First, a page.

Support for the monarchy cuts across age, social class and political allegiance. The under- 35s and Labour voters are most likely to want the monarchy abolished, but even among these groups a clear majority supports its indefinite continuation.
The public's sympathy for the Princess of Wales is apparently undiminished. Only 8 per cent blame her alone for the break-up of her marriage to Prince Charles (against 20 per cent who blame him alone) and only 17 per cent agree that she has been trying to damage the Royal Family.
But if they are firm in their support for the monarchy, the British are less confident of its survival. Asked if they thought Britain would still be a monarchy half a century from now, 35 per cent said it would not, 56 per cent that it would. Women, though more pro-royalist than men, were less certain of the Crown's survival - only half thought it would still be around in 50 years' time. And, among the over-55s those predicting survival dropped to 47 per cent.
The poll suggests that despite the nation's largely pro-royalist mood, the monarchy could run into trouble. Asked how much respect they had for the monarchy, 63 per cent said they had 'a great deal' or 'a fair amount' while 39 per cent had 'not very much' or 'none at all'. There was a sharp divide between the age groups. Among the over-55s, only a quarter said they had little or no respect; among the under-35s, this proportion rose to more than half.
The majority of people in all groups are now reconciled to another royal divorce. More than two in three agreed that Charles and Diana should now get divorced while fewer than one in five disagreed. The under-35s, predictably, were the strongest supporters of a divorce while women were just as likely to be in favour as men.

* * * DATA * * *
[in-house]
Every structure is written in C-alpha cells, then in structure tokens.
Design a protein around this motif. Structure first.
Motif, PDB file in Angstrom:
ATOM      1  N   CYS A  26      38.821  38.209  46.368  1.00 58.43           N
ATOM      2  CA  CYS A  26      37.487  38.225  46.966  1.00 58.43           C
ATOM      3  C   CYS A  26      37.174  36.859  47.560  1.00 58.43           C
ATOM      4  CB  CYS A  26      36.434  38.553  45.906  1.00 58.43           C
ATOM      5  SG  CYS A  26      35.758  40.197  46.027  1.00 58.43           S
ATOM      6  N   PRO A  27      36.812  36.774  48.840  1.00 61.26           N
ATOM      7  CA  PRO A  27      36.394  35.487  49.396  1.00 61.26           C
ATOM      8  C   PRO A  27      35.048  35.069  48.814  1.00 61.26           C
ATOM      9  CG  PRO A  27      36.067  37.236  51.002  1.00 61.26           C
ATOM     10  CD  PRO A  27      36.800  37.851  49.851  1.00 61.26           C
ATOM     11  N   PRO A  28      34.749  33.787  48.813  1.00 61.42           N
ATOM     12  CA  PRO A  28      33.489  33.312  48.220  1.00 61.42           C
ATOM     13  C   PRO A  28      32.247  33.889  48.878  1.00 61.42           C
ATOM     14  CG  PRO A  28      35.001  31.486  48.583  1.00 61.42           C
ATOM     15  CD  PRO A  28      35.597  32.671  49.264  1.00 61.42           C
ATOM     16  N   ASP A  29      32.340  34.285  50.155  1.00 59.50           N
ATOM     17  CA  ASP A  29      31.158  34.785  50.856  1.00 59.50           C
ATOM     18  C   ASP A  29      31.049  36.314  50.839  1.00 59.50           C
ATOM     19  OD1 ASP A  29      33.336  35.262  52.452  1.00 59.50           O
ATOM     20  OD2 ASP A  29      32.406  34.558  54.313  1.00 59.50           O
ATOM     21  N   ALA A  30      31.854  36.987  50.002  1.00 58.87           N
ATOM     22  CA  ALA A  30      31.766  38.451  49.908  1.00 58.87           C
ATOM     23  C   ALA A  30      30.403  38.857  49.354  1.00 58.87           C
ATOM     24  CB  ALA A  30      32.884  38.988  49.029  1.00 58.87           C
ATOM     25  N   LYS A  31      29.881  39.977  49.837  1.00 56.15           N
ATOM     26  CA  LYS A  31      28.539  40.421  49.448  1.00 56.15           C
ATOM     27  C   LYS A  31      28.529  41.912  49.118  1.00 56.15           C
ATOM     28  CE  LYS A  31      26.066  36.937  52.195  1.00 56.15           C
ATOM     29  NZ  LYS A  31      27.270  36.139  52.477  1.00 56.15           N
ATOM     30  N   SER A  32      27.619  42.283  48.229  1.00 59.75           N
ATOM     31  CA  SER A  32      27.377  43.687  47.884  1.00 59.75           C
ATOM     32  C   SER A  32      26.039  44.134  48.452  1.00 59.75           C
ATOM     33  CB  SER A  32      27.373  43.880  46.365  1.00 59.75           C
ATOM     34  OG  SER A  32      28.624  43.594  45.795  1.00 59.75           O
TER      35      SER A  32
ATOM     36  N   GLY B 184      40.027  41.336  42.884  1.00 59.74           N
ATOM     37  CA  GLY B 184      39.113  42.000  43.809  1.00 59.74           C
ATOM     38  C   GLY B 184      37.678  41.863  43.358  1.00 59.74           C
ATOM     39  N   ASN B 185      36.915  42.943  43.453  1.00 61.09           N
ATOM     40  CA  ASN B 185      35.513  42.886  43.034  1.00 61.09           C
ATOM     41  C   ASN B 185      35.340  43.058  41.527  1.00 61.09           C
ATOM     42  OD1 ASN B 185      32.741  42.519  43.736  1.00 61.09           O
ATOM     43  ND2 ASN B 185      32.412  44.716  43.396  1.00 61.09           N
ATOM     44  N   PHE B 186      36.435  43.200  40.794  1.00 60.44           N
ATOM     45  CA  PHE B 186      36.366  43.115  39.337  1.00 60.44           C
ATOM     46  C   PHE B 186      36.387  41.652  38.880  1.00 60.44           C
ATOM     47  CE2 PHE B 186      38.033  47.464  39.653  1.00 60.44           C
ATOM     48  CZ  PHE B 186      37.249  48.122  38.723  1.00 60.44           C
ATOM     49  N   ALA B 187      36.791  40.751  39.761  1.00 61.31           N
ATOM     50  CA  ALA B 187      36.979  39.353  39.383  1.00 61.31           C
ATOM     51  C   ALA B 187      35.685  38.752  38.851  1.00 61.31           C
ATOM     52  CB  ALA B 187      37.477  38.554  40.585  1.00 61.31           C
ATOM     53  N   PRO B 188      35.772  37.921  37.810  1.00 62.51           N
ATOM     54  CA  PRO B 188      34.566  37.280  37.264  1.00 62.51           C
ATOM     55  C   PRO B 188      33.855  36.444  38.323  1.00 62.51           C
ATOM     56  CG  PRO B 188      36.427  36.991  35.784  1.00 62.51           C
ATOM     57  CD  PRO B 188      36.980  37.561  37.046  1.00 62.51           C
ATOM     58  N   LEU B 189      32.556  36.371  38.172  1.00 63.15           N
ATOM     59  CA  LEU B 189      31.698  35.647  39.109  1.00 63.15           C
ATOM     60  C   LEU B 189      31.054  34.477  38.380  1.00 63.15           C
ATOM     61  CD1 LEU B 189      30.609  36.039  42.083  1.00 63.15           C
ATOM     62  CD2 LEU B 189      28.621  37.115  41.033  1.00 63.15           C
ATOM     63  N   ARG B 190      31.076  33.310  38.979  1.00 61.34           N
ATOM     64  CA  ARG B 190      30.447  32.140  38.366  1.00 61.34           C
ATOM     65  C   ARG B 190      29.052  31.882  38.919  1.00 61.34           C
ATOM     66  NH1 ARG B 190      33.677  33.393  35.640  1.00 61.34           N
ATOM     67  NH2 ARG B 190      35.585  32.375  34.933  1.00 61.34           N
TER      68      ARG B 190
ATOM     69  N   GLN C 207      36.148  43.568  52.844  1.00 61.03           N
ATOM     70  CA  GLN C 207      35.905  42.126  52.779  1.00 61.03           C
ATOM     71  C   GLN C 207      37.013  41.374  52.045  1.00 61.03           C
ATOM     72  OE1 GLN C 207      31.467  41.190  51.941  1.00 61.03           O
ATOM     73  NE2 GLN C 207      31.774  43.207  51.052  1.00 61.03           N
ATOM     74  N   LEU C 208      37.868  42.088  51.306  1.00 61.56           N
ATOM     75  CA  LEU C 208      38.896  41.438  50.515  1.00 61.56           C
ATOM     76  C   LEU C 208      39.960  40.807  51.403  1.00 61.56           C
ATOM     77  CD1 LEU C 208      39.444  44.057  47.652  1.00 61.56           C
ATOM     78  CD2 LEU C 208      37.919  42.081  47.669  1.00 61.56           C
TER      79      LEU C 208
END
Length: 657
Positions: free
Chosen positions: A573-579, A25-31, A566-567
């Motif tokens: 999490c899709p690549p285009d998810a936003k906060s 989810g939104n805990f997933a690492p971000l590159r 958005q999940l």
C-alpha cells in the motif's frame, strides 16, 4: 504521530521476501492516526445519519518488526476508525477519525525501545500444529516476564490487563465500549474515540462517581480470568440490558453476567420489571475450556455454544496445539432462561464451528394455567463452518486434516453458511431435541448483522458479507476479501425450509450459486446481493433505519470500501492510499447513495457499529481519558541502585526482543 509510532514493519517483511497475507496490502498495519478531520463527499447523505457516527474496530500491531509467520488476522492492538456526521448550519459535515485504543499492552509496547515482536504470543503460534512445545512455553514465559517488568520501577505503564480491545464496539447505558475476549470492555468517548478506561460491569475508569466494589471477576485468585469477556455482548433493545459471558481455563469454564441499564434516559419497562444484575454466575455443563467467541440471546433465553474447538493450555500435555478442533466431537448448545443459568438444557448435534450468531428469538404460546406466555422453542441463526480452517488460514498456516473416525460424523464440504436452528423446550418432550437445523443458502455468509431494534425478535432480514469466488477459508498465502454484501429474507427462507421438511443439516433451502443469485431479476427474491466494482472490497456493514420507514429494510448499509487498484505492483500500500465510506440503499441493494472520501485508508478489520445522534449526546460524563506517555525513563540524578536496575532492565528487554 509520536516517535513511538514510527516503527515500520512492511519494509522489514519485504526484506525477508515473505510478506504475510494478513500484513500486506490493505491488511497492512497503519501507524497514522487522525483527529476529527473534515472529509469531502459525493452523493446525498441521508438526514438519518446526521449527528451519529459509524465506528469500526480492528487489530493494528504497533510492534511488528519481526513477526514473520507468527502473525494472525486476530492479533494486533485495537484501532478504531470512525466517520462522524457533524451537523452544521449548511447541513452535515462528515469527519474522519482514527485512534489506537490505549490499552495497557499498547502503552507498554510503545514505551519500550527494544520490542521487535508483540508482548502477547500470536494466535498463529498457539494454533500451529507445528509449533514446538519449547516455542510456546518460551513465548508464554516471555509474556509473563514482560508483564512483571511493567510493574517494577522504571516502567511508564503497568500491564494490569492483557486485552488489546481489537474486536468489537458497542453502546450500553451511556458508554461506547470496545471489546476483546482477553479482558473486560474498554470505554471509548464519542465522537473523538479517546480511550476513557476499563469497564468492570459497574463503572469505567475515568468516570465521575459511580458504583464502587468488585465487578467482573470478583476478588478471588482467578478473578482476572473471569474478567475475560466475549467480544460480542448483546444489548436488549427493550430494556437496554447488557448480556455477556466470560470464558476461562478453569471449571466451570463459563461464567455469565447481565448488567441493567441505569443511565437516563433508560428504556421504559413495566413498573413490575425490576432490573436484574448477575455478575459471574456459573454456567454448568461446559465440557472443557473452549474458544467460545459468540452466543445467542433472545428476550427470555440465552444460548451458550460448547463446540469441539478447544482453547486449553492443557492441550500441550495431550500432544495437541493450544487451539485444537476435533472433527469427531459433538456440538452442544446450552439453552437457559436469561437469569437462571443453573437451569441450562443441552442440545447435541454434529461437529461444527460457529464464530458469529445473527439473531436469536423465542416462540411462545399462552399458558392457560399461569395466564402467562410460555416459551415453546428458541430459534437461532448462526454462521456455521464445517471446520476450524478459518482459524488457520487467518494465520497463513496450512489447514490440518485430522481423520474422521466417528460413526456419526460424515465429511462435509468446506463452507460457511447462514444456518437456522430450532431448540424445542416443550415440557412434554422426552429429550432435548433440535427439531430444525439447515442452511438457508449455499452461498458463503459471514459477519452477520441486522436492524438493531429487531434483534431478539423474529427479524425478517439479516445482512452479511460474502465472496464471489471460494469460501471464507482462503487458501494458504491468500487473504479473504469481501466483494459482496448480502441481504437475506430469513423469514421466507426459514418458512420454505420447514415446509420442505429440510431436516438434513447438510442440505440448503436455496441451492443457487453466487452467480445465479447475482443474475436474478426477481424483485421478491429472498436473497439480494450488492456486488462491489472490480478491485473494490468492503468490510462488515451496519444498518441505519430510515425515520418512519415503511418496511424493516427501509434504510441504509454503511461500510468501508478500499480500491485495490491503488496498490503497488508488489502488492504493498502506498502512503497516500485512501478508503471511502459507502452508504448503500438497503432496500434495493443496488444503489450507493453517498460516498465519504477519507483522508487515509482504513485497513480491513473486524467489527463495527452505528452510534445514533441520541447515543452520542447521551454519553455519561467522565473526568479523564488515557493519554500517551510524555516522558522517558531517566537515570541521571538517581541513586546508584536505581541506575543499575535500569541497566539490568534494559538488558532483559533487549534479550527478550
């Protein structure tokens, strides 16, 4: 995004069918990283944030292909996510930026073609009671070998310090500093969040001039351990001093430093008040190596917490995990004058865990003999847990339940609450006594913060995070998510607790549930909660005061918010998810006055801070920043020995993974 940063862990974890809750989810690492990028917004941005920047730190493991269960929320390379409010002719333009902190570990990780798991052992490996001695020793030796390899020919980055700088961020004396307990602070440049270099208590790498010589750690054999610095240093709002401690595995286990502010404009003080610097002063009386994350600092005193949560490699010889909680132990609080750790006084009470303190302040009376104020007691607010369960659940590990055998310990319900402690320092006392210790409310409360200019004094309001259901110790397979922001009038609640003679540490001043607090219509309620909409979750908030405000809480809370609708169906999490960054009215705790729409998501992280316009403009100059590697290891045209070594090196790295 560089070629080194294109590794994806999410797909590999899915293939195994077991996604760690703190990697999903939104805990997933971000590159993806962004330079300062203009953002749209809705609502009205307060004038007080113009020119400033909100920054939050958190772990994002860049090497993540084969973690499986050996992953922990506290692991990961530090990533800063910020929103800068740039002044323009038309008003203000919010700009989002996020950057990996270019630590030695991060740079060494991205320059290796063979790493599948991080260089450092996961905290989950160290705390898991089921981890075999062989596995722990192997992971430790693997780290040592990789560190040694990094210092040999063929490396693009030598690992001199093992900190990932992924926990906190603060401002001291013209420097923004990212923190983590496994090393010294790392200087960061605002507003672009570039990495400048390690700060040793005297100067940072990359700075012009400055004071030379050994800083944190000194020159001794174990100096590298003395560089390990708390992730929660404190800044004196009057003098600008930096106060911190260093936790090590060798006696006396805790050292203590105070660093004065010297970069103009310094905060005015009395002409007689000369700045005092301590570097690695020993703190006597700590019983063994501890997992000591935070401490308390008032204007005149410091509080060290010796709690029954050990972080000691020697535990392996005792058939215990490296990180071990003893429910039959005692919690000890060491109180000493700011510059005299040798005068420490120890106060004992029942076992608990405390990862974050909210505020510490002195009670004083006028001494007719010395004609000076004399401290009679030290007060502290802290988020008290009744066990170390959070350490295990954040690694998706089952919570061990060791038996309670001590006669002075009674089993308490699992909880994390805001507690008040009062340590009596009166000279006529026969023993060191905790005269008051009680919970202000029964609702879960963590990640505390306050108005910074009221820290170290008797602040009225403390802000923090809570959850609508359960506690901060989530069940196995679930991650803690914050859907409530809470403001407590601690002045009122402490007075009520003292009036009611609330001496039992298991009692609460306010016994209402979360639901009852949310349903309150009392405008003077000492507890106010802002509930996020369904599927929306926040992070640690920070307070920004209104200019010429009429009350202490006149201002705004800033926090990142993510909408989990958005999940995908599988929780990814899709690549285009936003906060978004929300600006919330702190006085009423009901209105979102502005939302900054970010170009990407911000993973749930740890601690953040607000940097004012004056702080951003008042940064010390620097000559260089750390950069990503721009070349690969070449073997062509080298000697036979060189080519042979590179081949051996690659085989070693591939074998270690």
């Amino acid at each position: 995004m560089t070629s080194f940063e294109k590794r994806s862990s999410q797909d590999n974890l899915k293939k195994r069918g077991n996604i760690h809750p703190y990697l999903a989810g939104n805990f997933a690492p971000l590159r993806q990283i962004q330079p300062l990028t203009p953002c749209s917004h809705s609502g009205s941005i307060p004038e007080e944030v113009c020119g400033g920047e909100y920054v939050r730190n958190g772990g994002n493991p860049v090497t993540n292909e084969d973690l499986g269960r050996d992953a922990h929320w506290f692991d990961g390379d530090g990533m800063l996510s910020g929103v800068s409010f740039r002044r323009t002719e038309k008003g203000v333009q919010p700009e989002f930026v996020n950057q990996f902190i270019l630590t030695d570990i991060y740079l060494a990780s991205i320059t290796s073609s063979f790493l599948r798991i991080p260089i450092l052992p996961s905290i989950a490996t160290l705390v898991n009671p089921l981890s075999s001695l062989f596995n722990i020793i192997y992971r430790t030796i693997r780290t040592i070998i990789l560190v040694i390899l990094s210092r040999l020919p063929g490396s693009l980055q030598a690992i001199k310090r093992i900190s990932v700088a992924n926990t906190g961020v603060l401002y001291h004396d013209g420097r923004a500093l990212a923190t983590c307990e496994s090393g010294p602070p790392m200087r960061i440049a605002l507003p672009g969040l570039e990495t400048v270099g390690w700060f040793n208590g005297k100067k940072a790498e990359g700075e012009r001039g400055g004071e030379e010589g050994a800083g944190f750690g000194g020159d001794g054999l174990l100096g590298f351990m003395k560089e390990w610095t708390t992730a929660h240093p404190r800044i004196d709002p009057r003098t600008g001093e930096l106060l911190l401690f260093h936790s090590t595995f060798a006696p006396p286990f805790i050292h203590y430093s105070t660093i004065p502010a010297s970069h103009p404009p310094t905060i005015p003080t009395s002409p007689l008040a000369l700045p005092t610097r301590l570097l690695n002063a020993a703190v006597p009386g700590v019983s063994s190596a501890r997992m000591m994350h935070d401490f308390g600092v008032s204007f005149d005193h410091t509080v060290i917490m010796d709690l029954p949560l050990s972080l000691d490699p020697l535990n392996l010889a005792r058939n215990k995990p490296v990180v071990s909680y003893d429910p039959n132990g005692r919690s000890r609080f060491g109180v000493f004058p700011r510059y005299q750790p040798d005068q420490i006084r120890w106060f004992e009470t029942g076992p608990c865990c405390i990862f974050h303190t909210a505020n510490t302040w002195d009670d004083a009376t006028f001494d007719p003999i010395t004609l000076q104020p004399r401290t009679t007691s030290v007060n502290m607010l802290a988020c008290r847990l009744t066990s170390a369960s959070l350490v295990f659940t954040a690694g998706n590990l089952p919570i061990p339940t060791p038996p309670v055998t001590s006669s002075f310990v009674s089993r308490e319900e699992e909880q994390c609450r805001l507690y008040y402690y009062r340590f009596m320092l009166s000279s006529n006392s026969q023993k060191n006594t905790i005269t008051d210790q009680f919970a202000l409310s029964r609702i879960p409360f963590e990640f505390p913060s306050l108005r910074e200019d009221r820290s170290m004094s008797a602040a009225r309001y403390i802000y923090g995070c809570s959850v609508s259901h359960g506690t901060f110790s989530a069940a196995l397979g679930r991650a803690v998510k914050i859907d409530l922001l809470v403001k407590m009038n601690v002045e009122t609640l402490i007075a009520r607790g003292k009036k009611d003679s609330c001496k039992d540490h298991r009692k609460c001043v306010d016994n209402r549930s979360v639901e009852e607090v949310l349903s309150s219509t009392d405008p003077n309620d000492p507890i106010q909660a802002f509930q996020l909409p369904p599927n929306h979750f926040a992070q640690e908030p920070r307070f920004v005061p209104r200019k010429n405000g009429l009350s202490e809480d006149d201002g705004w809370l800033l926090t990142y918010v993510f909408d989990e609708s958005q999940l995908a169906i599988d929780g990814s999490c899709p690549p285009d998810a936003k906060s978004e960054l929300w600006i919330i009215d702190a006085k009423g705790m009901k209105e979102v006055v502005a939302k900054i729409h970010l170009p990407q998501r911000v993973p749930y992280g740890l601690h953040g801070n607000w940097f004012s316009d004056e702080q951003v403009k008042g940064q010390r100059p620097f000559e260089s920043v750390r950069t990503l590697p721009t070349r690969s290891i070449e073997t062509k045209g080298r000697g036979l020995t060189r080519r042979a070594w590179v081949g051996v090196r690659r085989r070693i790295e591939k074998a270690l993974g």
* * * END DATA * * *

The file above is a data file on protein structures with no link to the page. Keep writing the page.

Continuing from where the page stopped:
Most people believe that divorce should not bar Charles from succeeding the Queen on the throne. Though 36 per cent agreed that, as a divorced man, he should not become King, 57 per cent disagreed. Among the over-55s, however, the proportion saying that he should not take the throne rises to 43 per cent (against 48 per cent saying that he should). Working-class people are also above average in their opposition to a divorced Charles becoming King, though they are less likely than the middle classes to oppose a divorce.
Women are another group who take a relatively severe view of the present heir to the throne. They are more likely than men to blame Charles alone for the break-up; they are also more likely (39 per cent against 32 per cent of men) to say that, after a divorce, he should not become King.
If the monarchy were abolished and Britain became a republic, who would become president? NOP gave people a list of seven names. They included two former Tory leaders (Lady Thatcher and Edward Heath), two Labour politicians (Neil Kinnock and Tony Benn) and two former centre party leaders (David Steel and David Owen). Between them, these six politicians could muster only 35 per cent of the votes, with Lady Thatcher doing best with 12 per cent. The seventh name - Princess Anne - easily topped the poll with 28 per cent (37 per cent did not fancy any of the seven). Among women, she did better still, with 36 per cent, against 29 per cent for the six politicians combined. Even among the under-35s, she comfortably came top. And that, perhaps, is the most eloquent testimony to the continuing British affection for the Royal Family.
NOP interviewed a quota sample of 1,122 adults aged 18-plus in 54 constituencies across Britain on Friday. Data were weighted to match the profile of the population as a whole.
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